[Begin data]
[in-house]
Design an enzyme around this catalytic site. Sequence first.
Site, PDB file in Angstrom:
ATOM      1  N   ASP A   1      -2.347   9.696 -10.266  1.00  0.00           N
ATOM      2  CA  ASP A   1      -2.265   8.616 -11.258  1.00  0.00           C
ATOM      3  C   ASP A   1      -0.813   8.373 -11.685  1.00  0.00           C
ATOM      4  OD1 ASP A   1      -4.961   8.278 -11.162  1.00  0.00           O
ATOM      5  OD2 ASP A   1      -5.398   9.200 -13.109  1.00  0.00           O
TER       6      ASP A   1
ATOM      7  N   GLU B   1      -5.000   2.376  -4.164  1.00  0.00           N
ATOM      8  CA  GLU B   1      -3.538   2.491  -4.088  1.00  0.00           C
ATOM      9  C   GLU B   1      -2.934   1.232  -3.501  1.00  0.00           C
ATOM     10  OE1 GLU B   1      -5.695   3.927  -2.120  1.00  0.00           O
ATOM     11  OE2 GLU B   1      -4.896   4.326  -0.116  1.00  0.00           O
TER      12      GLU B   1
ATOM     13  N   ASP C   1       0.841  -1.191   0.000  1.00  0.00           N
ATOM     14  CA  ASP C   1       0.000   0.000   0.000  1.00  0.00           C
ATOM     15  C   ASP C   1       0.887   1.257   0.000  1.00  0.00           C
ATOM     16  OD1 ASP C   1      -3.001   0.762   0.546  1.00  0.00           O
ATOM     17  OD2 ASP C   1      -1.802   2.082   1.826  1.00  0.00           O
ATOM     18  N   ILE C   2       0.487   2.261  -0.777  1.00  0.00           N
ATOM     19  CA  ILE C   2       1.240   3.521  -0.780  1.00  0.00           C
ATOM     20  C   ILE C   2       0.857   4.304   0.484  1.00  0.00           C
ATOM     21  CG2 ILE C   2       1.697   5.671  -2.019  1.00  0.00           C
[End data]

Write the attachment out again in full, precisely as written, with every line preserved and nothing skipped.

[in-house]
Design an enzyme around this catalytic site. Sequence first.
Site, PDB file in Angstrom:
ATOM      1  N   ASP A   1      -2.347   9.696 -10.266  1.00  0.00           N
ATOM      2  CA  ASP A   1      -2.265   8.616 -11.258  1.00  0.00           C
ATOM      3  C   ASP A   1      -0.813   8.373 -11.685  1.00  0.00           C
ATOM      4  OD1 ASP A   1      -4.961   8.278 -11.162  1.00  0.00           O
ATOM      5  OD2 ASP A   1      -5.398   9.200 -13.109  1.00  0.00           O
TER       6      ASP A   1
ATOM      7  N   GLU B   1      -5.000   2.376  -4.164  1.00  0.00           N
ATOM      8  CA  GLU B   1      -3.538   2.491  -4.088  1.00  0.00           C
ATOM      9  C   GLU B   1      -2.934   1.232  -3.501  1.00  0.00           C
ATOM     10  OE1 GLU B   1      -5.695   3.927  -2.120  1.00  0.00           O
ATOM     11  OE2 GLU B   1      -4.896   4.326  -0.116  1.00  0.00           O
TER      12      GLU B   1
ATOM     13  N   ASP C   1       0.841  -1.191   0.000  1.00  0.00           N
ATOM     14  CA  ASP C   1       0.000   0.000   0.000  1.00  0.00           C
ATOM     15  C   ASP C   1       0.887   1.257   0.000  1.00  0.00           C
ATOM     16  OD1 ASP C   1      -3.001   0.762   0.546  1.00  0.00           O
ATOM     17  OD2 ASP C   1      -1.802   2.082   1.826  1.00  0.00           O
ATOM     18  N   ILE C   2       0.487   2.261  -0.777  1.00  0.00           N
ATOM     19  CA  ILE C   2       1.240   3.521  -0.780  1.00  0.00           C
ATOM     20  C   ILE C   2       0.857   4.304   0.484  1.00  0.00           C
ATOM     21  CG2 ILE C   2       1.697   5.671  -2.019  1.00  0.00           C